How can anything like “Microsoft patches holes in Windows” be worthy of being a top story

Okay, so lately (alright, the last seven years or so) I’ve had my issues with Microsoft Windows, but cnet.com’s news service has a headline titled, “Microsoft patches holes in Windows.”

My question is, how is that news? As though that process has ever stopped. Here’s a headline that would be worth posting, “Microsoft releases hole-free version of Windows. Stop laughing, we’re serious.”

Regardless, here’s my latest gripe. I work on web sites. One of my clients has their web site hosted by a shop full of rabid Microsoft lovers. Now, they are dealing with some fairly sensitive data, though not so much on my client’s project. The problem is that this group seems to have assumed that everyone is on their network and is using a Windows machine with an OS of at least 2000.

In order to edit the web site files, I need to mount the web directory as a network drive on my Windows computer (Yes, I have one. It sits in the corner.). They have turned off FTP access. They have turned off access for any system other than Windows. And, Windows 98 or earlier doesn’t seem to be able to play their game either.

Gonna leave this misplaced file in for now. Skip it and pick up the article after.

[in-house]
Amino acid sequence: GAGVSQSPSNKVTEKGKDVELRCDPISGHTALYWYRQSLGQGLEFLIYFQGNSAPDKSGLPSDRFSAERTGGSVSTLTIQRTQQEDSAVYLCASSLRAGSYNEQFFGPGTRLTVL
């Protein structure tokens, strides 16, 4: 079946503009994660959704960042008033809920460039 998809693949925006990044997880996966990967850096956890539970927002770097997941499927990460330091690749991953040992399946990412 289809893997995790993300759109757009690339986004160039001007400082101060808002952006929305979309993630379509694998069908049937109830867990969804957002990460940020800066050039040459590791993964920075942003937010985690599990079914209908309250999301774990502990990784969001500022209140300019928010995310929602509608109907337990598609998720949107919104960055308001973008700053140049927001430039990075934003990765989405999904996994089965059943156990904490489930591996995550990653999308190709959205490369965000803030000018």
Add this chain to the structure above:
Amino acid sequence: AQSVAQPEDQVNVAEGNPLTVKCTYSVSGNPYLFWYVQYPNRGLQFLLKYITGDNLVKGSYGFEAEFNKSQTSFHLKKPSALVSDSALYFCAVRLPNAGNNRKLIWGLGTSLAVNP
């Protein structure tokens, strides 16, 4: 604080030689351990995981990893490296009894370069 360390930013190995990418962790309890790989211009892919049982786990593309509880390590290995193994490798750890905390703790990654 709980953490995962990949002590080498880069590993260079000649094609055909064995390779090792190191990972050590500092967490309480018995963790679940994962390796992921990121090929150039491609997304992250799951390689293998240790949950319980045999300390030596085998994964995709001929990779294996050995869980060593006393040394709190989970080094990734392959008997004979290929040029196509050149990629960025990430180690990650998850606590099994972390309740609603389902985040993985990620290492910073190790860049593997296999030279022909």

Can work get done? Well, yes. Have they made it unpleasant, inconvenient, and stress-promoting? Well, yes.

Author: Davin Granroth

Davin is Chief Operating Officer for Covenant Eyes, Inc. in Owosso, MI, USA, where he gets to mix his background in user experience design, research, and strategy with the operation of a software company. For more, see his LinkedIn profile.

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